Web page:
But he says there's good evidence that the warming planet could weaken the global winds that push storms around.
Kossin's work was based on details of nearly 70 years' worth of storms, but he made no attempt to determine what was causing the slowdown. He showed that from 1949 to 2016, tropical cyclones across the globe slowed their movement by 10 percent on average. To help, the Texas General Land Office partnered up with the University of Texas to conduct a survey for Texans who live in the affected areas, asking if they are still displaced and how much damage to their homes still need to be fixed.
Warmer air is able to hold more water vapor through a process called the Clausius-Clapeyron relationship, which shows that the water-holding capability of air increases about 7% with each degree Celsius of warming.
Tropical cyclones have generally slowed more in the Northern Hemisphere where they are also known as hurricanes and typhoons and where more of these storms typically occur each year.
Harvey dumped 60.58 inches of rain in Nederland, Texas, from August 24 to September 1. So it isn't clear just how much of the change that Kossin found is actually attributable to human-induced climate change.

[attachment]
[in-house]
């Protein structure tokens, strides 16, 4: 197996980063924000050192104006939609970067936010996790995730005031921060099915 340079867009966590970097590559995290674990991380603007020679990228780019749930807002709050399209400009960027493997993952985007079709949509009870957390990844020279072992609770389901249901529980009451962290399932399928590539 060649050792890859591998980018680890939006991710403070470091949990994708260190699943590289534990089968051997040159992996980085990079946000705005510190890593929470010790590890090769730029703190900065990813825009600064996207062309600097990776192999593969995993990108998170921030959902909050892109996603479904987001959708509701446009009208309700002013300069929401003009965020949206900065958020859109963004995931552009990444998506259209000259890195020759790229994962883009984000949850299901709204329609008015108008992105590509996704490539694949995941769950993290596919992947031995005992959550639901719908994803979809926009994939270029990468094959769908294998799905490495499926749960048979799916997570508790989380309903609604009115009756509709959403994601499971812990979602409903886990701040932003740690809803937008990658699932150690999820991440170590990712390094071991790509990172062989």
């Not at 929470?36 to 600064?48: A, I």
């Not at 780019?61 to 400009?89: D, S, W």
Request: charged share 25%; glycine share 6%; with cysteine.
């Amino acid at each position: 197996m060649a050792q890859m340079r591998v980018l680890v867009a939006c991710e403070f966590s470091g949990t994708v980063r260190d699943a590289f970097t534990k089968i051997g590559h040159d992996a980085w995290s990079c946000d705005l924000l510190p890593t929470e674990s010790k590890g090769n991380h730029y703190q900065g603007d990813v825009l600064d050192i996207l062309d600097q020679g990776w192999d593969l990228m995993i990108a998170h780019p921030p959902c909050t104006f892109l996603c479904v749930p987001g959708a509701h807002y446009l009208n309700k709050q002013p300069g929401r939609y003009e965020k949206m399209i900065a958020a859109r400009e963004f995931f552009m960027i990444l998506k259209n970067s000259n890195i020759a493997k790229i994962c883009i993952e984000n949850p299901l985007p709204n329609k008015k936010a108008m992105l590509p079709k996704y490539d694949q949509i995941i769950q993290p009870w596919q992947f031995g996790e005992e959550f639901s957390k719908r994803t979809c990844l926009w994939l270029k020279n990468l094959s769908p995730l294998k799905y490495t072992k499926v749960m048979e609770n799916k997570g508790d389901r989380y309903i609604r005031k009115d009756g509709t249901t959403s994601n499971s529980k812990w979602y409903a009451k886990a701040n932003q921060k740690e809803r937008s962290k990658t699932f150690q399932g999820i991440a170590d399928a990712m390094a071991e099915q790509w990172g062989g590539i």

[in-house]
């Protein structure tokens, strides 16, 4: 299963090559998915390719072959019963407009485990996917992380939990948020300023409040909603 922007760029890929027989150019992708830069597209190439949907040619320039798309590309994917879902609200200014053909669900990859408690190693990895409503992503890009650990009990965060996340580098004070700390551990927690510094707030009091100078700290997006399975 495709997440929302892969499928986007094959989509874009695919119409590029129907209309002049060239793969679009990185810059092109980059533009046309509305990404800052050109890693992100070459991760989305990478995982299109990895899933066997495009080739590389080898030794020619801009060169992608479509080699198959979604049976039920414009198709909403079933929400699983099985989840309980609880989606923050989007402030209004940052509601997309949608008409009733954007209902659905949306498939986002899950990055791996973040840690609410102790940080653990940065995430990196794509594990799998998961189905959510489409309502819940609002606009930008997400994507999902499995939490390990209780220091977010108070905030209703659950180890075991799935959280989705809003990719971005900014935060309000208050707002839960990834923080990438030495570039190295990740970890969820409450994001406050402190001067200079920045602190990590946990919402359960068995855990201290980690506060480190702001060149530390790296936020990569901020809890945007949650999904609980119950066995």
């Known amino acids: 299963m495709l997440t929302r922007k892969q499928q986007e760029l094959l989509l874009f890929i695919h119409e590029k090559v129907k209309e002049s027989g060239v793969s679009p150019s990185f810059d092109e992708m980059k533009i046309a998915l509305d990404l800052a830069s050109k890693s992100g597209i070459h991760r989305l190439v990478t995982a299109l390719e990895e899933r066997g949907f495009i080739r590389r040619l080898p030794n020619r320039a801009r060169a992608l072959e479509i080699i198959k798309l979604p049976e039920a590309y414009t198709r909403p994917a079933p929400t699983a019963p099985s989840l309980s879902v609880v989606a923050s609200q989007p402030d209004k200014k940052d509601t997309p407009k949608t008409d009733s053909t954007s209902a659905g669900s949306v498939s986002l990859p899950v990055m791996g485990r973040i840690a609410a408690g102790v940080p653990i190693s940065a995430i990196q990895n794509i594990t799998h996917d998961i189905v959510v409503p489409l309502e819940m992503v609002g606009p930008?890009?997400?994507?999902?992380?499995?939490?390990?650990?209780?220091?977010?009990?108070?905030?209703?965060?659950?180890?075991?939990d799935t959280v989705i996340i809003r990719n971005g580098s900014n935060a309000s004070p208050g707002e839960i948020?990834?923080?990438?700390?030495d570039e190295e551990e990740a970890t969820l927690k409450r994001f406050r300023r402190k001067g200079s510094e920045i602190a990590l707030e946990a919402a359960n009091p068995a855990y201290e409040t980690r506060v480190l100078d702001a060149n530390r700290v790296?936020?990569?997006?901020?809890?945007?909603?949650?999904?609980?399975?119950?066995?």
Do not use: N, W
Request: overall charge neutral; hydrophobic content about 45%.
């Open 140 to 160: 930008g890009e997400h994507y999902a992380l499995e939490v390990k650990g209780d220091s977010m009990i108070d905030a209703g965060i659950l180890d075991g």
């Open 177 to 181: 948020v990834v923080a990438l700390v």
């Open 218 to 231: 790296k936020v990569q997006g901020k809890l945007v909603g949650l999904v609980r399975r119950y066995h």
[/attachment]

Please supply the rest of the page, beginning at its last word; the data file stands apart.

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"The storms will stay in your neighbourhoods longer", he said.
In an editorial accompanying Kossin's work, she points out that it raises several new questions. "Not quite like a cork in a stream, but similar", he said.
Gutmann and Kossin took entirely different approaches-one looking at historical data; the other using modeling to see how storms would behave under predicted warming scenarios.
But there are probably more variables at play than a warmer climate putting the brakes on tropical cyclones.
"Inland flooding, freshwater flooding, is taking over as the key mortality risk now associated with these storms", Kossin said.